Why am I at Starbucks this early in the morning during the summer when I could be doing something productive – like sleeping? Well – it doesn’t matter. What matters is that it’s giving me a good chance to get this written. I don’t even like coffee – which makes being here that much more random. But that’s why I ordered a double chocolatey-chip frappuccino – and yes, I had to look up at the menu to figure out how to spell that. Hey – don’t judge me for my girly drink – it’s delicious. You probably don’t know this but I’m quite the connoisseur of chocolate milk, which is pretty much all this is (with chocolate chips in it), so it’s only logical. And, speaking of logic, I’m drifting away from my point. And speaking of drifting, it has happened a lot already this summer and is only going to happen more – drifting, that is.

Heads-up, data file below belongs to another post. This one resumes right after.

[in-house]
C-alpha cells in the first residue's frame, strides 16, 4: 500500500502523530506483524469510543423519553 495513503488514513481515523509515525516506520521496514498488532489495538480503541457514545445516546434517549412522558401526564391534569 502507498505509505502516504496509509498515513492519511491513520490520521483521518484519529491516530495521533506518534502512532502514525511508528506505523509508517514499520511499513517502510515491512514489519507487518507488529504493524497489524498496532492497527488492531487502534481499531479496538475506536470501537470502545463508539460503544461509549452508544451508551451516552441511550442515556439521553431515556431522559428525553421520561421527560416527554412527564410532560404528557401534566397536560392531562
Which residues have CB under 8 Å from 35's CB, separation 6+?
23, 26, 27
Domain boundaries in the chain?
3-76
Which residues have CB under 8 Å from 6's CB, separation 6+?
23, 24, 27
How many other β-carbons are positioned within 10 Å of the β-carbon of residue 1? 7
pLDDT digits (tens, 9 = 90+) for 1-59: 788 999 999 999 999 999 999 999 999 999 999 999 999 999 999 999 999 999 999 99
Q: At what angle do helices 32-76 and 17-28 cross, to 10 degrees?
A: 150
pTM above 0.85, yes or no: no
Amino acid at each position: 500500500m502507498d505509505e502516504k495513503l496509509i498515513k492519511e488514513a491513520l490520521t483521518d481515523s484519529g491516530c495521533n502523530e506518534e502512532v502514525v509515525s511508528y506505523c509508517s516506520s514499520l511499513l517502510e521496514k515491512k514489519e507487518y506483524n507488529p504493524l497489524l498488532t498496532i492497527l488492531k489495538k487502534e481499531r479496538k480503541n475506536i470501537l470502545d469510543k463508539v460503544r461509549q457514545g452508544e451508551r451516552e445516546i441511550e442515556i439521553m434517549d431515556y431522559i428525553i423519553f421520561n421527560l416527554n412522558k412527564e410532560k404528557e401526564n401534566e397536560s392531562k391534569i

More specifically, I recently attended my second-ever Formula Drift event (at Road Atlanta). But, for the first time, I wasn’t a spectator. Long story short: last year, sometime around November or December, I went to Southeast Drift‘s Land of the Great exhibition/tandem competition at Gresham Motorsports Park. I talked my way into getting a media pass, found my way to the track, took pictures, wrote words, and those words were posted on the “up and coming” MotorMavens Car Culture and Photography Blog. Later, say Januaryish, I contacted Antonio Alvendia, the site’s Editor In Chief. I basically told him that if he needed any help, I was willing to assist in providing coverage of Formula D when it came to Road Atlanta. Longer story short: I was the guy for the job (or I made myself the guy for the job). Either way – I got my big break.